Nine seasons of the Indian Premier League have gone by and the tenth edition is almost upon us. Former manager of the Indian cricket team, Amrit Mathur, who was also closely associated with the Delhi Daredevils, puts together a ‘report card’ of the biggest T20 league in the world. This is Part 3 of his report. Read (Part 1) and (Part 2) of the IPL report card on The Quint.
IPL – The Balance Sheet
Over nine years ago, while making his sales pitch, Lalit Modi sold the potential investors an attractive dream. His presentation promised an impressive ROI, steady revenue growth, multiple income opportunities, a short break-even period and the best of all, a huge bonanza on the valuation stakes.
His business model, roughly, was this :
Part 1 was related to the annual balance sheet, where profitability was around the proverbial corner. This was to be found by monetising assets, mainly uniform sponsorships, ticket revenue, licensing and merchandise sales. In addition, the IPL would share revenue – enough to meet operational costs of teams – from its central media rights and sponsorships.
Part 2 (and this is the clincher), was the long-term valuation game, the mirage and ‘maya’ of the IPL, where the 'brand value' of the franchise teams was supposed to reach an amazing level. The IPL was positioned as a brand valuation proposition, instead of an annual balance sheet examination.
Team owners were convinced they possessed an asset, a piece of art – the value of which would multiply. They believed they could cash out at any stage. This valuation game strategy was based on cricket's strong appeal, together with supply line scarcity, as there were only a limited number of teams in the market for someone to own.
The economic reality has disproved these expectations. On an annual balance sheet basis, most teams – barring a few – are struggling commercially. The reasons for this are not hard to find: cricket fatigue, competing avenues of entertainment and leisure, lack of freshness about the IPL, the recent economic lowdown, governance issues, controversies and corruption.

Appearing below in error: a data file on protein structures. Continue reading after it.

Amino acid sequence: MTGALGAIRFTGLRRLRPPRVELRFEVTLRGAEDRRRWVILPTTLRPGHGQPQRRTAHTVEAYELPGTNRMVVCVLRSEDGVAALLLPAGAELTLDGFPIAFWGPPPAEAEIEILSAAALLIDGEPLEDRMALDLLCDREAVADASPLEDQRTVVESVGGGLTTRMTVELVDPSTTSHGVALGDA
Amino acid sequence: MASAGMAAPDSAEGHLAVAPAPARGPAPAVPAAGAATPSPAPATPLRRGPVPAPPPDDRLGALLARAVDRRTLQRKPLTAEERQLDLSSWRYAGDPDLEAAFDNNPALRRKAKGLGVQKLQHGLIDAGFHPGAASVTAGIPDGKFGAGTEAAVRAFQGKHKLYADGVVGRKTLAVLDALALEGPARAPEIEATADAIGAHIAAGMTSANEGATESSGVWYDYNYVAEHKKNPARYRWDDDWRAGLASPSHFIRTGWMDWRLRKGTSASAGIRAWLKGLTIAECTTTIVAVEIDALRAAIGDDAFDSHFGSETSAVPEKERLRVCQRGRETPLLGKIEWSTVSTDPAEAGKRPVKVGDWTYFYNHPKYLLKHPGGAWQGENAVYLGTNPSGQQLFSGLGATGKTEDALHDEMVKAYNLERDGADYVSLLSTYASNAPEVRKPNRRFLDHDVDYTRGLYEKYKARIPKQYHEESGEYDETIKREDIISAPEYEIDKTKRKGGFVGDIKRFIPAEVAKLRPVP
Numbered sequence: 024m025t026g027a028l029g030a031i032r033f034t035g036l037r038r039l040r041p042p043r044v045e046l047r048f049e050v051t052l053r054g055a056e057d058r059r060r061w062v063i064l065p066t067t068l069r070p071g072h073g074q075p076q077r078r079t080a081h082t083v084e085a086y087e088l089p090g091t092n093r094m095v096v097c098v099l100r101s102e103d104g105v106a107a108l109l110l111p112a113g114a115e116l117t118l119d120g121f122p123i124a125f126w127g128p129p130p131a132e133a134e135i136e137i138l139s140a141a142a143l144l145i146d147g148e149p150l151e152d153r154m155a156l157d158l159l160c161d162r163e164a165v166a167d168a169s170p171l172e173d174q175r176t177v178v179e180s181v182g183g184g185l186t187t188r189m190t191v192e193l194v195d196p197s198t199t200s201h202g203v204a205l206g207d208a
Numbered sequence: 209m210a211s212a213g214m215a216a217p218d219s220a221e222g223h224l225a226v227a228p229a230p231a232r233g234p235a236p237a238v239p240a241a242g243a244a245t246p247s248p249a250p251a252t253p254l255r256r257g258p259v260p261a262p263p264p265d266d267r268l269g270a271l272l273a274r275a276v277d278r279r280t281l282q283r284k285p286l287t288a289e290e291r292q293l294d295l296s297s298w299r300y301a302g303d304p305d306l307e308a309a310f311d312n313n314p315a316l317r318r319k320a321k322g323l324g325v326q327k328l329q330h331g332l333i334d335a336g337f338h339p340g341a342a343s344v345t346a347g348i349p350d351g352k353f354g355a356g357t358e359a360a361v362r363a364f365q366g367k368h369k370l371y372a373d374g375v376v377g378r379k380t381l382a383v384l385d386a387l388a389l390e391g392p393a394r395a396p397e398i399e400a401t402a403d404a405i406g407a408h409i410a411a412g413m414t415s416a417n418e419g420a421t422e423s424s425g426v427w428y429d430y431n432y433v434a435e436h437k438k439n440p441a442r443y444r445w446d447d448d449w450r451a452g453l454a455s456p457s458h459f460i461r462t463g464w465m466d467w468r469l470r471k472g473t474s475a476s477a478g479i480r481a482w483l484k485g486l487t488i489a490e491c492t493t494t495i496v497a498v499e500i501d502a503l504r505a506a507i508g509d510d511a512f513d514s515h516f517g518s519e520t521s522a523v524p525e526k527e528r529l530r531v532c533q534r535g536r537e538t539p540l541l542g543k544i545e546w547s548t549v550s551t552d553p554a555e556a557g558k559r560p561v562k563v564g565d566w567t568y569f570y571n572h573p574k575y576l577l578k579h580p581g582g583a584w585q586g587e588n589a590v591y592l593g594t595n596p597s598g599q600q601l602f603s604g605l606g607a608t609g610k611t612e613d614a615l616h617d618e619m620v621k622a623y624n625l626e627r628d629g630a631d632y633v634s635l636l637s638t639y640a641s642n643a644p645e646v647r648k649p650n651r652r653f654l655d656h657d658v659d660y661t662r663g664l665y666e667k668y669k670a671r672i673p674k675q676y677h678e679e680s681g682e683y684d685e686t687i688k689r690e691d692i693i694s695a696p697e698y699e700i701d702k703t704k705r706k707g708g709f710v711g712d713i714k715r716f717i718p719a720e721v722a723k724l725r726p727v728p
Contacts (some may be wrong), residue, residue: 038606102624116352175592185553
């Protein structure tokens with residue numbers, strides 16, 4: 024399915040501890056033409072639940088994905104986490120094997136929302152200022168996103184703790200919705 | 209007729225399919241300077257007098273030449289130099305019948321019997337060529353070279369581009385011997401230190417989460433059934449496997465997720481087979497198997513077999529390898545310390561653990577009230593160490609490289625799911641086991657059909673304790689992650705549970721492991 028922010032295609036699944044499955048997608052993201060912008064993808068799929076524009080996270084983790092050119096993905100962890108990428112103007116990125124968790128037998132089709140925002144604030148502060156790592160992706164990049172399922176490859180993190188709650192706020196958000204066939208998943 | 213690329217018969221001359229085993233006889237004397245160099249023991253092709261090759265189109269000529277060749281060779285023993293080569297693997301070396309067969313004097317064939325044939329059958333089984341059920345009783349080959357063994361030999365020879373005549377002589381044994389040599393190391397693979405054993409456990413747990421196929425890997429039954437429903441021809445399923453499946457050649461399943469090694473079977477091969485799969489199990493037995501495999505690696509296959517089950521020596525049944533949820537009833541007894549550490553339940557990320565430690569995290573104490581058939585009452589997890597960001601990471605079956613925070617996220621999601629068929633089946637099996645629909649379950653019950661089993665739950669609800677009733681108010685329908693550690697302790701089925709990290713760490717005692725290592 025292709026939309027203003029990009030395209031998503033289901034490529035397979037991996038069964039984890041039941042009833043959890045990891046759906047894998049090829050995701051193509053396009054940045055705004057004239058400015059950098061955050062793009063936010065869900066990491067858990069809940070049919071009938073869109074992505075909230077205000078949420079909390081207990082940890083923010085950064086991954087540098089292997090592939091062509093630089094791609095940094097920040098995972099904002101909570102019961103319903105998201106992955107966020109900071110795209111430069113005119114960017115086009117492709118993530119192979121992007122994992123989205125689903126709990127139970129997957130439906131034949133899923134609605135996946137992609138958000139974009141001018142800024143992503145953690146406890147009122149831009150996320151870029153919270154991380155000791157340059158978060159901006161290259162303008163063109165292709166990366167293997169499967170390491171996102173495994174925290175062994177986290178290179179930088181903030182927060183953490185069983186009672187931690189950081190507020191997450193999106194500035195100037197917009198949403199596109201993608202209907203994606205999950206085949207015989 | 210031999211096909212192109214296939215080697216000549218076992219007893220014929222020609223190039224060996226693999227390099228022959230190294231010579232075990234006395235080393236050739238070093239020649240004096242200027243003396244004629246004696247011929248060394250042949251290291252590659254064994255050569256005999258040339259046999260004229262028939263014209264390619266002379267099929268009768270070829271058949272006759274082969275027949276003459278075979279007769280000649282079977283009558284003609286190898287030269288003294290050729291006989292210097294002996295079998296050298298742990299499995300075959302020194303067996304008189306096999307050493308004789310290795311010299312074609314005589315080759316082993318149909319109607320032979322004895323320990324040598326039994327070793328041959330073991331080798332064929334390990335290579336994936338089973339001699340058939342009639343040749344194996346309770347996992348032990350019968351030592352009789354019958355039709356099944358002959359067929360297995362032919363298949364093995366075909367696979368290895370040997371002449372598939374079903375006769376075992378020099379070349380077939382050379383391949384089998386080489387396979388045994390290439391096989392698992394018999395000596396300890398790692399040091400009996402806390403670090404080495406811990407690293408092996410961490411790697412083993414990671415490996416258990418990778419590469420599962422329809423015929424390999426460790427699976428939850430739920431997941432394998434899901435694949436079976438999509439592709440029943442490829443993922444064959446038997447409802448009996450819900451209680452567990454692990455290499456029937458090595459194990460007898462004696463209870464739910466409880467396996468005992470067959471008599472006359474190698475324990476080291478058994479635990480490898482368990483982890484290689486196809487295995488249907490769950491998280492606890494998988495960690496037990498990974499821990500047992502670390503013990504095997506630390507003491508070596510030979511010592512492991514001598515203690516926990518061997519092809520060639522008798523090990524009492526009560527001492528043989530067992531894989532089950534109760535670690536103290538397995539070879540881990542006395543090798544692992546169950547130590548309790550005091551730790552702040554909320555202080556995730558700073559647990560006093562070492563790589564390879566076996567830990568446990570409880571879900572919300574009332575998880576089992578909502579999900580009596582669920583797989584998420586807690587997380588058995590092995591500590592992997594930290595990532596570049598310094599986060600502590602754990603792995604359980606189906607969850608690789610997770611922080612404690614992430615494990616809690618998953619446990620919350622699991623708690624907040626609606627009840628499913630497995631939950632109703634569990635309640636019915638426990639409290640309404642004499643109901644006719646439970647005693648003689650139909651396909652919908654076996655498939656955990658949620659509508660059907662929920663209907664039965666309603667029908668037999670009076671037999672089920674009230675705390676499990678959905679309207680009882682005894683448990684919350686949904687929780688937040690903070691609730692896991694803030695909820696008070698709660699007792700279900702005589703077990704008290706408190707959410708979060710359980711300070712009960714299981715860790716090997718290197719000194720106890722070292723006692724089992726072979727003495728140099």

Are teams making profits? This is unlikely – except for one or two teams, sponsorship revenues have actually declined, tickets are difficult to sell, and licensing and merchandise/fan clubs/loyalty income is almost zero.
In this grim scenario, financial survival rests on the annual share of central revenue from the IPL, which in turn, depends substantially on the media rights from Sony. Last season, each team received Rs 60-70 crore from the IPL. But it can’t be argued that most of these teams would have been on ventilators without this kind of support.
The valuation game theory hasn’t played out according to script, either. In the past ten years, all teams have been in the market at some stage. They have prepared hundreds of due diligence documents, created spreadsheets and commissioned professionals to find buyers or strategic investors. But no deals were made. Not one. So either owners are being too greedy by seeking a value that is unviable, or the market’s instinct is to view the IPL as a risky investment.
Investors are unimpressed by the notion of an IPL brand value, as the teams are in business – and in the public eye – only for the six-week duration of tournament in a year, after which they go to sleep and disappear. In their books, the IPL is a glorified tournament, and not a fully-developed sports “league” like elsewhere in the world.